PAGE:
Saturday, June 24, 2017

Carolyn Shoemaker


(Wikipedia) Carolyn Jean Spellmann Shoemaker (born June 24, 1929) is an American astronomer and is a co-discoverer of Comet Shoemaker–Levy 9.
She once held the record for most comets discovered by an individual.
Carolyn Jean Spellmann was born in Gallup, New Mexico, United States. Continued

Harding County Courthouse

Friday, June 23, 2017

Texas Annexation

(Library of Congress) On June 23, 1845, a joint resolution of the Congress of Texas voted in favor of annexation by the United States.
The leaders of the republic first voted for annexation in 1836, soon after gaining independence from Mexico, but the U.S. Congress was unwilling to admit another state that permitted slavery.
Sam Houston, commander of the Texas army during the fight for independence from Mexico and the first president of the Republic of Texas, was a strong advocate of annexation. Continued

Old House 86

Cuervo, New Mexico

Thursday, June 22, 2017

A mighty balladeer: Actor and musician Burl Ives settles awhile in Galisteo

(Santa Fe New Mexican) In the early 1970s, radio listeners would occasionally hear a disc jockey play a 45-rpm single with the reedy voice of one of America’s best known balladeers singing of his love for a small New Mexico town. “It’s just a little village out of the way,” the mournful voice of Burl Ives intoned, “a little north of Albuquerque, little south of Santa Fe, where the jets from California leave their trails in the sky. I’m staying in Galisteo till the day I die.”
How Ives, a singing star as well-known in his time as Pete Seeger or Woody Guthrie, came to record this ode to the sleepy village of Galisteo is a complicated tale. Continued

San Jon Cemetery

Wednesday, June 21, 2017

Michael Gross

(Wikipedia) Michael Edward Gross (born June 21, 1947) is an American television, movie and stage actor. He played both comedic and dramatic roles, such as Steven Keaton from the sitcom Family Ties (1982–1989) and the graboid hunter Burt Gummer from the Tremors film franchise.
... Gross is a passionate railfan with an extensive collection of railroad antiques. He is an amateur railroad historian, photographer, modeler, and part-owner in a working railroad, the Santa Fe Southern Railway, a former branch line of the Atchison, Topeka and Santa Fe Railway which operates between Lamy and Santa Fe, New Mexico. Continued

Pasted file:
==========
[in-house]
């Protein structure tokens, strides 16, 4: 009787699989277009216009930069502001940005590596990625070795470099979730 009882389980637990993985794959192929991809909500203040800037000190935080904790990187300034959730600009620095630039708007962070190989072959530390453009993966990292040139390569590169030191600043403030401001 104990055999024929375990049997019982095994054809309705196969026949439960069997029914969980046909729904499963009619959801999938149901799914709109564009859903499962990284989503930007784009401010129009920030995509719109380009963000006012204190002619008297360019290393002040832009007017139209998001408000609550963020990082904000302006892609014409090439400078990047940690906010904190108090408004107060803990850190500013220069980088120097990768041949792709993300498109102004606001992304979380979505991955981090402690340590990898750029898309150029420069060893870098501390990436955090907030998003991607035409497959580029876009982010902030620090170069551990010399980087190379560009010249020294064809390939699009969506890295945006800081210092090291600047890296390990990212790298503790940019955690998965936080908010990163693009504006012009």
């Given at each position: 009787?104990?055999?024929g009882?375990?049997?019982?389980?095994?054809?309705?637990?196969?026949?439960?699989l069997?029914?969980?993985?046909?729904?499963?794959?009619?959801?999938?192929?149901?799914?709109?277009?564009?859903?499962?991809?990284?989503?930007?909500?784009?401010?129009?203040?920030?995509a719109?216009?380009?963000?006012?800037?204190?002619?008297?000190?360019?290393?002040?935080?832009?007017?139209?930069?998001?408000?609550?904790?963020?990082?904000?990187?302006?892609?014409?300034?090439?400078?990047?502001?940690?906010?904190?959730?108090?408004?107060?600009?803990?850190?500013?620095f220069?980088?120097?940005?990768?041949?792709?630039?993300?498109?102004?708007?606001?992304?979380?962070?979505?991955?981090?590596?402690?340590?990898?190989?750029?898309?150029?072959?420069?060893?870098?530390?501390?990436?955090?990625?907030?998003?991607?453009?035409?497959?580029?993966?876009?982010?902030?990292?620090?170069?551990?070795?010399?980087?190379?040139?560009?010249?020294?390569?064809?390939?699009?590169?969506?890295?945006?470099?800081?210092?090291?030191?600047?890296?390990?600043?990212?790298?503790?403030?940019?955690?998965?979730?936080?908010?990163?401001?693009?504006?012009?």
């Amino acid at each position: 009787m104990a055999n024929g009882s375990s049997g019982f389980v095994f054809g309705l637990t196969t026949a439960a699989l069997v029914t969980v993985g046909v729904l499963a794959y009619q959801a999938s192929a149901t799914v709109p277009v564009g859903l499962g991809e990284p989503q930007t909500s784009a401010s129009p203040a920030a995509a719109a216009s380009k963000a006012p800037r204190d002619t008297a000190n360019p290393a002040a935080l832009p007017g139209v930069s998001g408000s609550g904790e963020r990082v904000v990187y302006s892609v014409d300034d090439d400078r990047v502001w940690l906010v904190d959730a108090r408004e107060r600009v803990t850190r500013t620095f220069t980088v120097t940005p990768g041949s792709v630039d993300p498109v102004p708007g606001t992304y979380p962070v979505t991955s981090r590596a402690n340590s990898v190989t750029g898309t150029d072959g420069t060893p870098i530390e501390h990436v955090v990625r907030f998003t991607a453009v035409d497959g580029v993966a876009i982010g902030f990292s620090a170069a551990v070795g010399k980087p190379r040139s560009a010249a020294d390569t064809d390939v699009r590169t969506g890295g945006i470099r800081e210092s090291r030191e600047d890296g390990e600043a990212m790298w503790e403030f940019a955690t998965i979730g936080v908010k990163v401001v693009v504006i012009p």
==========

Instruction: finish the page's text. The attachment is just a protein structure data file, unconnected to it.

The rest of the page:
Quanah's little arrow

The Texas Panhandle is dotted with giant arrows marking the Quanah Parker Trail, but at the Muleshoe National Wildlife Refuge, there is a little arrow marking Quanah's journey through history. The arrow is smaller, I imagine, so that it won't appear kitschy, as compared to more tasteful efforts such as a talking fire bear or a mountain carved with the faces of politicians.

Tuesday, June 20, 2017

Early interest led to national success for NM authors, songwriters

(Albuquerque Journal) Most of us are formed by things that touched us deeply when we were children. Eventually – if not right away – the enthusiasms of our tender years help us evolve into the people we are in our later lives.
Maybe the spark was something that would seem inconsequential to others.
That’s the way it was for the New Mexico authors and songwriters who are being honored this week during the Western Writers of America convention in Kansas City, Mo. Johnny D. Boggs, Paul Hutton and Jim Jones won Spur Awards, presented by the WWA for excellence in writing about the West, and Doug Figgs is being recognized as a Spur finalist. Continued

Storefront: Mosquero, NM

Monday, June 19, 2017

"Cowboys' Christmas Ball" published

(TDbD) On this day in 1890, poet and ranchman Larry Chittenden's "The Cowboys' Christmas Ball" was first published in the Anson Texas Western. Chittenden, born in New Jersey in 1862, came to Texas in 1883 and established a ranch at the foot of Skinout Mountain near Anson. An annual Christmas dance at Anson's Star Hotel, which burned in 1890, inspired his best-known poem. Continued

Underpass: Route 66 and I-40